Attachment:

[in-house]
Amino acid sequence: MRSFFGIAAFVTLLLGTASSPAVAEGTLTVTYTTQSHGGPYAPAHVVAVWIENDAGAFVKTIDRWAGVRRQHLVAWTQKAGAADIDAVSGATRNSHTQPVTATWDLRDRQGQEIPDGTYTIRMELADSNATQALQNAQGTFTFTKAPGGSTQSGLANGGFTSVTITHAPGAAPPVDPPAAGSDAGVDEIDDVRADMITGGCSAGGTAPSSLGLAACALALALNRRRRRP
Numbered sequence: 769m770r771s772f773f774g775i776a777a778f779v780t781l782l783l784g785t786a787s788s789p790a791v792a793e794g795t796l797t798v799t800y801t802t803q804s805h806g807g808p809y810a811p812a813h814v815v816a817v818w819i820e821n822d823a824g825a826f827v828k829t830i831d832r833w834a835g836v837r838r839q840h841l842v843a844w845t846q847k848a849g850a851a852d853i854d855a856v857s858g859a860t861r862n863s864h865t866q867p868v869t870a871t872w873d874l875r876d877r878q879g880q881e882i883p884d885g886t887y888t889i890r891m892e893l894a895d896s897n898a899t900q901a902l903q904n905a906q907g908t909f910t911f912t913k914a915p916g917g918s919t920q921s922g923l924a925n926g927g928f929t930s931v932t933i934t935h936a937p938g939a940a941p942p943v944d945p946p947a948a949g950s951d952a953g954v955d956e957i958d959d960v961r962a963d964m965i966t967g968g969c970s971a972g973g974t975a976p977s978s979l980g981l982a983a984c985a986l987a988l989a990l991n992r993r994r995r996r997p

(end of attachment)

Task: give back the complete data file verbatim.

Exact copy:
[in-house]
Amino acid sequence: MRSFFGIAAFVTLLLGTASSPAVAEGTLTVTYTTQSHGGPYAPAHVVAVWIENDAGAFVKTIDRWAGVRRQHLVAWTQKAGAADIDAVSGATRNSHTQPVTATWDLRDRQGQEIPDGTYTIRMELADSNATQALQNAQGTFTFTKAPGGSTQSGLANGGFTSVTITHAPGAAPPVDPPAAGSDAGVDEIDDVRADMITGGCSAGGTAPSSLGLAACALALALNRRRRRP
Numbered sequence: 769m770r771s772f773f774g775i776a777a778f779v780t781l782l783l784g785t786a787s788s789p790a791v792a793e794g795t796l797t798v799t800y801t802t803q804s805h806g807g808p809y810a811p812a813h814v815v816a817v818w819i820e821n822d823a824g825a826f827v828k829t830i831d832r833w834a835g836v837r838r839q840h841l842v843a844w845t846q847k848a849g850a851a852d853i854d855a856v857s858g859a860t861r862n863s864h865t866q867p868v869t870a871t872w873d874l875r876d877r878q879g880q881e882i883p884d885g886t887y888t889i890r891m892e893l894a895d896s897n898a899t900q901a902l903q904n905a906q907g908t909f910t911f912t913k914a915p916g917g918s919t920q921s922g923l924a925n926g927g928f929t930s931v932t933i934t935h936a937p938g939a940a941p942p943v944d945p946p947a948a949g950s951d952a953g954v955d956e957i958d959d960v961r962a963d964m965i966t967g968g969c970s971a972g973g974t975a976p977s978s979l980g981l982a983a984c985a986l987a988l989a990l991n992r993r994r995r996r997p